Steps to Becoming a Self-Employed Hairdresser
How long have you been a hairdresser? Whether you have been working in salons for years and feel ready for a change or you recently passed your NVQs and want to take a leap of faith, becoming self-employed is an exciting opportunity.
Going solo can offer so many benefits for you, from the flexibility of being able to pick and choose your schedule to being able to build relationships with regular clients. While it may seem daunting to strike out on your own, you may be pleasantly surprised by how many people prefer to have their hair transformed in their own homes rather than in a salon.
If you are hoping to become a mobile hairdresser, here are the steps to follow to help you set up on your own.
Decide on Your Base
Mobile hairdressers can either set up in their own home, visit clients’ homes or rent a chair in a salon. There are pros and cons to each of these, so weigh them up carefully.
If you base your business at home, for example, you are never able to leave work. Should you opt to rent a chair, you are benefitting from being in a salon, but you will need to find some clients quickly in order to start paying for the chair.
Get Kitted Out
Make sure you have the highest-quality hairdressing tools so that you can do your job effectively. From combs and brushes to scissors and heated styling equipment, start shopping for every piece of kit you need to transform your clients’ locks.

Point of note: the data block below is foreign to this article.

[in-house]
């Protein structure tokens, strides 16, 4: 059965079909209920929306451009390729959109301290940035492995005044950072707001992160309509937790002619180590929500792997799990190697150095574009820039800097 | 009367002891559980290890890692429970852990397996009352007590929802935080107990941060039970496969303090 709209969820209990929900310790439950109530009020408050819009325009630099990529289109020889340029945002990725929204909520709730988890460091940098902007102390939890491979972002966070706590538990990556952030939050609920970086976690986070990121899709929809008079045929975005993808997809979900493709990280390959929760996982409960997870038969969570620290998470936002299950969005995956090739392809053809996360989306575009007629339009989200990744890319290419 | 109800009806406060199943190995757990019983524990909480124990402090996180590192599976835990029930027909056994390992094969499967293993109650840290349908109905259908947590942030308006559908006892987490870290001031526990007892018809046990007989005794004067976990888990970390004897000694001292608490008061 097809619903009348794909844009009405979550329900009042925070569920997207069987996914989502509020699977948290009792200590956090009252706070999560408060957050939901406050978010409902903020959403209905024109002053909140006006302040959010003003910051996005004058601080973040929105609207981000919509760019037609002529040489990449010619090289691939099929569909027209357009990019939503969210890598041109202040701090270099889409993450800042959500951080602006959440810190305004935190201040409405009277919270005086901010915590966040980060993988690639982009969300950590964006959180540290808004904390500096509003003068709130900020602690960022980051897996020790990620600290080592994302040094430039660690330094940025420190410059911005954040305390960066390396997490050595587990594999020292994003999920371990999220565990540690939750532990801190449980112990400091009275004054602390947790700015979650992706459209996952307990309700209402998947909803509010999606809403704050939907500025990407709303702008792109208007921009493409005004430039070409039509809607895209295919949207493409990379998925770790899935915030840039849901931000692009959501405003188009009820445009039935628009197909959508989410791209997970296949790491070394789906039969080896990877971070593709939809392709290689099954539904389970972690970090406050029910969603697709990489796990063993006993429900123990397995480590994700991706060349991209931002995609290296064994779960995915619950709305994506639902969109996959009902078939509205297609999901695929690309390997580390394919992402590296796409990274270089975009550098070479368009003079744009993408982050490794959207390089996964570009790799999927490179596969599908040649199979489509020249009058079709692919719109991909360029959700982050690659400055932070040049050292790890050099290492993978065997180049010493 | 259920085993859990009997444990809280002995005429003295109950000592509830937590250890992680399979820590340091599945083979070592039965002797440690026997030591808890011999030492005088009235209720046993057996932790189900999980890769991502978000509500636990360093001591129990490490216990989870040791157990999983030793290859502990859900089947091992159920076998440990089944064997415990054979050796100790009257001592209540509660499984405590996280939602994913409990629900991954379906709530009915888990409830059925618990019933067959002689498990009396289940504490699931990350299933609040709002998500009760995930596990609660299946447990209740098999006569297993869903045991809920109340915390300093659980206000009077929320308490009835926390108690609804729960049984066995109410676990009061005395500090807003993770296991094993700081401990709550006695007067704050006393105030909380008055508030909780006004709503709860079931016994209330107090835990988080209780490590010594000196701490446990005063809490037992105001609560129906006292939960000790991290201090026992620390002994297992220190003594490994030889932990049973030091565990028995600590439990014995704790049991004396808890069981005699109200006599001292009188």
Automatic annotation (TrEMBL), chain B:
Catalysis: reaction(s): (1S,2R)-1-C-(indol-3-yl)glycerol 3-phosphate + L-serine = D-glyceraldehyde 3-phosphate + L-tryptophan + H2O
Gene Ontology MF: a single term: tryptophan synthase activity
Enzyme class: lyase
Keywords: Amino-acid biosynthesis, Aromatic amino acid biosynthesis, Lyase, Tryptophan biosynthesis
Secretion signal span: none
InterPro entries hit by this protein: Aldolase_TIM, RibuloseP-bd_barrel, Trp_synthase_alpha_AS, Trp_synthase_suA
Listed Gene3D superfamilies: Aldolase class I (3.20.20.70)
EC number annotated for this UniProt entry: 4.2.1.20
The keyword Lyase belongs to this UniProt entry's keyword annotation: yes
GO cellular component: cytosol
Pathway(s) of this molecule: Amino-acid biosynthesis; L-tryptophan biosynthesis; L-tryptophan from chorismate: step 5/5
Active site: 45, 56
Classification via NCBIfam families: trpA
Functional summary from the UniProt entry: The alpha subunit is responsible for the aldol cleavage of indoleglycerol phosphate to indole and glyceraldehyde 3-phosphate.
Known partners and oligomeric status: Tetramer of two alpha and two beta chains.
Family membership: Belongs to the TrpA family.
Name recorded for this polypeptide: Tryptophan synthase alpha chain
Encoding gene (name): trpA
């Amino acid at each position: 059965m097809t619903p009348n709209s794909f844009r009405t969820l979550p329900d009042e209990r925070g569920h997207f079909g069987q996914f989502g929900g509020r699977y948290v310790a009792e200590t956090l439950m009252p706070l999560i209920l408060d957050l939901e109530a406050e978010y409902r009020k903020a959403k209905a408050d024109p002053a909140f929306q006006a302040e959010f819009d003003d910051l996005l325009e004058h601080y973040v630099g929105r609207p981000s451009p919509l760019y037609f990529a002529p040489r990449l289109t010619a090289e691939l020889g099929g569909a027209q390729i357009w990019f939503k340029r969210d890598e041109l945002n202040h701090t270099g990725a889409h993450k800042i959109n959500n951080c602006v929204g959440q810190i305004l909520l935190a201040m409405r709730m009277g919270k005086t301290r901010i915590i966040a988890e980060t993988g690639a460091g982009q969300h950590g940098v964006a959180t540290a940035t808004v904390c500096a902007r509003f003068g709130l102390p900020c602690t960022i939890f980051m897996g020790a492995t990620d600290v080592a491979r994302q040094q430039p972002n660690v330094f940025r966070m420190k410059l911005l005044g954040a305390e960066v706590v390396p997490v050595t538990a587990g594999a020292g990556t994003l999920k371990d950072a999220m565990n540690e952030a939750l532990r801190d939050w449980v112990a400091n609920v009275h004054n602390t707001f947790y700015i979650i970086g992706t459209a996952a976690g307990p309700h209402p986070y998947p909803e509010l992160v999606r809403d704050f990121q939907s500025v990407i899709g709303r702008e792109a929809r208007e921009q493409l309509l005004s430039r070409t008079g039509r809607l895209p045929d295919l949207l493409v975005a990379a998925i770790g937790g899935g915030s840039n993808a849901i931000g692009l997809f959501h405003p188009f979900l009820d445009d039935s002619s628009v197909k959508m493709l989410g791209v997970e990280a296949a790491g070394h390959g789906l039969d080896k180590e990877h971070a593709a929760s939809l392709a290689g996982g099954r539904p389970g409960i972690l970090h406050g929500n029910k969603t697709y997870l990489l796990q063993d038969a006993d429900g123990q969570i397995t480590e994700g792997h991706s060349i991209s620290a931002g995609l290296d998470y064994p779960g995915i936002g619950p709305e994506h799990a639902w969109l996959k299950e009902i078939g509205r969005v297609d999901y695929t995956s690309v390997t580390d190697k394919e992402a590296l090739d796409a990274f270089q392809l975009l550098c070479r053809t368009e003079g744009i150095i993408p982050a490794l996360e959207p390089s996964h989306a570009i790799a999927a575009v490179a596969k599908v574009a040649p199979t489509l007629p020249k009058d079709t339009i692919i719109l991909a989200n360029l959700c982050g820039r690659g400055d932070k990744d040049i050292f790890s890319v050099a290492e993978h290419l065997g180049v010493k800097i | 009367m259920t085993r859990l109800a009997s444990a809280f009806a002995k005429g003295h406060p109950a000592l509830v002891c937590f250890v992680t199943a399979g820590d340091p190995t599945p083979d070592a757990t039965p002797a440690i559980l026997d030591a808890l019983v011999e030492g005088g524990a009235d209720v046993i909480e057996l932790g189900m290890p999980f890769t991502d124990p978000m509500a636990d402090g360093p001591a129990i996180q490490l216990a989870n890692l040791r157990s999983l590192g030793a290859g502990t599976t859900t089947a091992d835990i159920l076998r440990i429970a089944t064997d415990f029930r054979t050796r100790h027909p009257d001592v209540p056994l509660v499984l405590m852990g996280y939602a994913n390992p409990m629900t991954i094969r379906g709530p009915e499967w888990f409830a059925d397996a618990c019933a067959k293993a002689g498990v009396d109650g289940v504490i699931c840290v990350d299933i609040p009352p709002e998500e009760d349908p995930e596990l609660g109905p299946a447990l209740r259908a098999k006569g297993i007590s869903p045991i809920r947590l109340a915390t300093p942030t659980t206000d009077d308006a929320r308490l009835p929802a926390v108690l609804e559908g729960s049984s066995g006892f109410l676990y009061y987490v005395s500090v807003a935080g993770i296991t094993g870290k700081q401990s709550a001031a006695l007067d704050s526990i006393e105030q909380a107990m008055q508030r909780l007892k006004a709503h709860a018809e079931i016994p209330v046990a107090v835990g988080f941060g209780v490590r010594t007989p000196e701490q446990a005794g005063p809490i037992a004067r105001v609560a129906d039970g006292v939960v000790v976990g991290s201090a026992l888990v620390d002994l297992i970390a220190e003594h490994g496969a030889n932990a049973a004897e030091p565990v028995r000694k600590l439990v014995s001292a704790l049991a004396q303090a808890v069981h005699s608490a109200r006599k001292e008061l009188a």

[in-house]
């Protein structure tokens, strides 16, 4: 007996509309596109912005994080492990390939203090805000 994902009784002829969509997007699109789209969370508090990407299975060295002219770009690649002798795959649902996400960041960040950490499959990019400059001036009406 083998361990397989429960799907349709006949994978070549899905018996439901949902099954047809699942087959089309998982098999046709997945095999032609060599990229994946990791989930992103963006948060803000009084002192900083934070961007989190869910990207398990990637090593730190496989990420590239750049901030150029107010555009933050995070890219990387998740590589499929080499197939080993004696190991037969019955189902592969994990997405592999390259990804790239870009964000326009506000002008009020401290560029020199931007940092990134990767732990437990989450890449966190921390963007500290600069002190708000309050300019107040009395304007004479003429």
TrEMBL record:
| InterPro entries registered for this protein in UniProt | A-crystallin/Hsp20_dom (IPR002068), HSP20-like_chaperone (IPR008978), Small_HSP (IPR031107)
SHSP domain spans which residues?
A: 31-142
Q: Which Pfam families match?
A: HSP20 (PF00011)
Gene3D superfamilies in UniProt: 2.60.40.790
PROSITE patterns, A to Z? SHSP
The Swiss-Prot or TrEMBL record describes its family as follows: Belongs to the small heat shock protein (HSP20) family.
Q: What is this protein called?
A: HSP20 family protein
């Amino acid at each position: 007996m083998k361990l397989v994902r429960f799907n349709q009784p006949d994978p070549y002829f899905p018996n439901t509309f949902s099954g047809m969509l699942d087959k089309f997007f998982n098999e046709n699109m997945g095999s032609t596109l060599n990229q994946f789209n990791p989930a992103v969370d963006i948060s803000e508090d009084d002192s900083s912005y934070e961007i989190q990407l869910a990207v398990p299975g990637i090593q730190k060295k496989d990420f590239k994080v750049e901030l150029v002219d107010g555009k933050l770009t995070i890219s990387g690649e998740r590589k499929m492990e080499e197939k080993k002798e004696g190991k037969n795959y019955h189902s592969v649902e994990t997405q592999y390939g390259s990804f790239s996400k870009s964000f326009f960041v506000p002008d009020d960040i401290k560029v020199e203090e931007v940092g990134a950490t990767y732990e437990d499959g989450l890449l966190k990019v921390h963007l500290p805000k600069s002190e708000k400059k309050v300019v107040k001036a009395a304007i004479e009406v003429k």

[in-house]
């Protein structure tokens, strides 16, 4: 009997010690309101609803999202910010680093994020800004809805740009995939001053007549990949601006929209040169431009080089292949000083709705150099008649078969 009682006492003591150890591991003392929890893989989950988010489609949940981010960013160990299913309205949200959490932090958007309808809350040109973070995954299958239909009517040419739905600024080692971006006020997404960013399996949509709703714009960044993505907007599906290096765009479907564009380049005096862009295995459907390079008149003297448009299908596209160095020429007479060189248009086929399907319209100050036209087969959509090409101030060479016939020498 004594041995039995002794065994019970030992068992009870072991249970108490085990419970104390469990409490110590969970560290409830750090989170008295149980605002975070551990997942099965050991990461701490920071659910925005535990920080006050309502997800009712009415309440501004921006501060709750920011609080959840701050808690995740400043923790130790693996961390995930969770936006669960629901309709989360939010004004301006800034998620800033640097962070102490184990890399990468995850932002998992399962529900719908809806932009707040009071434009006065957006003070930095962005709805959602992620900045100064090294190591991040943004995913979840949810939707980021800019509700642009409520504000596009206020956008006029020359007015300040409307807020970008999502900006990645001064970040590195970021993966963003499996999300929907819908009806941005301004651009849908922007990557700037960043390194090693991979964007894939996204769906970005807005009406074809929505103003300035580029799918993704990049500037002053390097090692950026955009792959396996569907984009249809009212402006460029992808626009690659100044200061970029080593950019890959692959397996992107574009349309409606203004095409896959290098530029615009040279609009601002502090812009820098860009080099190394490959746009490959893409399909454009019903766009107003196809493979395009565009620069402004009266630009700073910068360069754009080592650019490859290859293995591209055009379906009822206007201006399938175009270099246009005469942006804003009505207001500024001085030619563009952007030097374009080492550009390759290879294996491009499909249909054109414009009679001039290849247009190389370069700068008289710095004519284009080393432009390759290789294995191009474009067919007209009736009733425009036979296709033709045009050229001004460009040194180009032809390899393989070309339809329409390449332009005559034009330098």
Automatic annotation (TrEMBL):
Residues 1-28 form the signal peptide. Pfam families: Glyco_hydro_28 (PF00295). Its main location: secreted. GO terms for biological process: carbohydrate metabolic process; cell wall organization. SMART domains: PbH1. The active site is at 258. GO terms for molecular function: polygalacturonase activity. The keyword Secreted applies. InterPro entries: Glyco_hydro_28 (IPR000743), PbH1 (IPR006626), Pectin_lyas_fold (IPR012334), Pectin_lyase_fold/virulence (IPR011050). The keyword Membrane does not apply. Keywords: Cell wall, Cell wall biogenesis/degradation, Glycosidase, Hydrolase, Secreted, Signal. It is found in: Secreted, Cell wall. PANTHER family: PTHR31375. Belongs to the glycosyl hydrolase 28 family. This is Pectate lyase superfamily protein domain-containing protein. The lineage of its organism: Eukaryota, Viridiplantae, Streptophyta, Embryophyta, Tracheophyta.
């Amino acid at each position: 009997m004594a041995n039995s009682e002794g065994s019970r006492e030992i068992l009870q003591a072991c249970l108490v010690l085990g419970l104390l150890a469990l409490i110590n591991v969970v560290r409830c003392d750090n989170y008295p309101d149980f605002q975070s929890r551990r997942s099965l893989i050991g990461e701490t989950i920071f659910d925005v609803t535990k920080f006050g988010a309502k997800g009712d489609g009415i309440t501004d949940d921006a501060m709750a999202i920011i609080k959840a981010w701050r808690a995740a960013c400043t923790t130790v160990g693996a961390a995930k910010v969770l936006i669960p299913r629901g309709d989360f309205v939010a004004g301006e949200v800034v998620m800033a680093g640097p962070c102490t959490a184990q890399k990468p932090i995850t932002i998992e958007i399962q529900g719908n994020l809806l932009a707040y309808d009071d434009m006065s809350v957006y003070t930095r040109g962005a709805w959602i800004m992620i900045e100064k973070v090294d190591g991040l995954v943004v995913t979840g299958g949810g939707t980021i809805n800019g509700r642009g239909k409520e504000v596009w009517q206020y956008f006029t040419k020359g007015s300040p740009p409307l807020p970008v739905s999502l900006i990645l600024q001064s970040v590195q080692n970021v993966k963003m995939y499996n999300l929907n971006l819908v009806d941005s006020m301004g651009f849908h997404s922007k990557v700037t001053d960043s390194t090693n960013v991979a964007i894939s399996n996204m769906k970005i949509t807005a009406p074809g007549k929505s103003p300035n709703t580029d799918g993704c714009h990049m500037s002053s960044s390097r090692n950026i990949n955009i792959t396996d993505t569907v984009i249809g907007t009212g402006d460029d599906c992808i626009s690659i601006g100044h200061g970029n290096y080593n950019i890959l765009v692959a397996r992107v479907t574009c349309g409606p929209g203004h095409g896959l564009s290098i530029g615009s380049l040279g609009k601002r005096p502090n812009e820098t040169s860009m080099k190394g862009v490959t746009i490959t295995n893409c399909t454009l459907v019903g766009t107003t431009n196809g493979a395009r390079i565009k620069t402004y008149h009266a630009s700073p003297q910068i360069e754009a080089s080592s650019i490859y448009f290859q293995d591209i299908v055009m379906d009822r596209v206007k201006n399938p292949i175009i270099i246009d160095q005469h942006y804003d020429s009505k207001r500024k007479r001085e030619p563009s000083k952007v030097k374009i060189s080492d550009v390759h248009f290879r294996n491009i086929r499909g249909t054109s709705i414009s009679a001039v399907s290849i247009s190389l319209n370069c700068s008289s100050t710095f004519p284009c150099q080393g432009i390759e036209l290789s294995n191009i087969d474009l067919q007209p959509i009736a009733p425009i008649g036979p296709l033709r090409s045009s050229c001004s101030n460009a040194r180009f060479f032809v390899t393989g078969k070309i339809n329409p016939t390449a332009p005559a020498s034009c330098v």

You will also need to find a good stockist for hair dyes and bleaching products if you are offering a colour service. Suppliers such as Capital Hair and Beauty give you the opportunity to offer a range of shades, so you can buy some of the ones that your first few clients prefer and build from there.
Find Your Clients
Once you have the tools and know where you want to set up your stall, you will need to start building your client base. Get some business cards printed and start with people you know, such as friends and family. Ask them to share your business cards and post images of your handiwork to your social media channels.
Events such as birthdays, weddings and proms are great opportunities, too. Offering discounts for hen parties and promotions around summer holiday season can help build your reputation, especially if you can fit clients in at the last minute. Being known for being flexible will mean you are someone people will want to book when the salons are busy at the start of the Christmas break.
Work Out Your Taxes
As a self-employed hairdresser, you will need to pay taxes on your earnings. These include Income Tax and National Insurance. Register with HMRC and make sure you know which taxes must be paid.
Setting up on your own is an exciting way to style clients’ hair. Are you ready to take the plunge?
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